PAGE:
Girl of my girl

I had 32 days.  32 days in Perth, Western Australia; days of living Australian while fruitlessly searching for some good, sharp blackberry jam to go with my homemade scones (yep, I see what I did there.)  I did manage to source Kerrygold butter, which my daughter told me was extortionately priced but I didn’t care.  I needed to feel like Perth was a bit of home.

newbornI had 30 days with my precious brand new granddaughter.  30 days in which to gaze into her eyes, always hoping that she would remember me when I am no longer with her.  30 days in which I enjoyed the pure bliss of morning cuddles as I let her mum have a bit of lie in to catch up on lost night-time sleep.  30 precious days in during which I snuggled with her, listening to classical music or sometimes Fleetwood Mac or Carole King; music always seemed to calm her.  And I had 30 days in which to try to see if I could coax a smile, a deliberate smile, from her lips to take home with me to Ireland.

When I arrived there, last August, having travelled for 24 hours, I was unsure if my daughter would be greeting me with her bump or a baby.  I was delighted to see her waddle majestically towards me at arrivals, baby still tucked tightly within, a sight which until then I had only seen on my computer screen.  Just over 48 hours later, my granddaughter, Emilee Rose, arrived somewhat reluctantly into the Australian late winter evening, over 9,000 miles from where the rest of her family live.

And so began the 30 days of time out of life.  30 days which flew by in a haze of tiny nappies, bouquets of flowers, and some of the cutest babygros you could imagine; too many of which have cats on them – we many need to watch that!

I was there for her birth, well more or less.  I kind of hid around a corner at the very end, unable to watch my girl struggle through the last birth pangs.  But I was there for that moment when Emilee was placed on her mother’s chest and we all held our breath, waiting for her to let us know she was taking her first.  And she did, with a gutsy roar, she announced that all was well and she was here.  And through a haze of tears I tried to focus on my first sight of her and simultaneously hug my firstborn of whom I was totally in awe.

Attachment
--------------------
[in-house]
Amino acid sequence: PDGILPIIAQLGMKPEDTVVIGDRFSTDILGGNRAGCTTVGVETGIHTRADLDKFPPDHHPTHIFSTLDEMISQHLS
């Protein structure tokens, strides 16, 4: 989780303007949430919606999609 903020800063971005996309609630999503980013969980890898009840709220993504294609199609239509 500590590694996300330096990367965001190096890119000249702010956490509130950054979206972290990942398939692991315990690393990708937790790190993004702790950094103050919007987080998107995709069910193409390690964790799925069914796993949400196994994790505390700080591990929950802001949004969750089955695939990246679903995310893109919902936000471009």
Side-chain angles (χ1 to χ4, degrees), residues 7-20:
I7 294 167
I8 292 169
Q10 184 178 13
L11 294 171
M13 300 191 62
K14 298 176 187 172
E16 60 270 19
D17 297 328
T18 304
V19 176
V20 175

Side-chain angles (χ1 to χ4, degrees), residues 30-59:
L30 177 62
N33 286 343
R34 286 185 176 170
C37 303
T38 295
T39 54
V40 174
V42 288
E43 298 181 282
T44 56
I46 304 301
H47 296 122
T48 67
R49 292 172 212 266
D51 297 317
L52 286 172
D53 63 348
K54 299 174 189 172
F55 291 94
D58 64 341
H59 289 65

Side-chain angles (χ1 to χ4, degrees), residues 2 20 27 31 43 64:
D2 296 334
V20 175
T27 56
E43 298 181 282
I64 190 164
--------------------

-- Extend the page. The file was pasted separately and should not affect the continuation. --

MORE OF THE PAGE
Before I left Australia, we registered her birth and began the process of applying for her Irish passport.  This seemed very important.  A tangible anchor to her homeland.  Or maybe it’s just me, fooling myself into thinking it might tie her to us, her family so far away.  She may grow up speaking with an Aussie accent and she will be an Australian citizen but she is also the girl of my girl; the next generation.

snuggles
Morning Snuggles

During the long flights to get there, I wondered how much help I would actually be with a tiny new-born.  I mean, I knew I could cook and wash and generally help about the house, but it’s been 17 years since my last child was born and tiny babies with their floppy heads can be terrifying.  But magically I found myself reverting to the mother I once was, talking the nonsense I used to talk to my babies, all those years ago.  I found myself saying the same things, things I had forgotten.  No vest went over her tiny delicate head without my saying, in that stupid high pitched baby voice “oh where’s Emi gone?”, followed by “oh there she is.”  Just like I did 17, 19 and 30 years ago when only the names were different.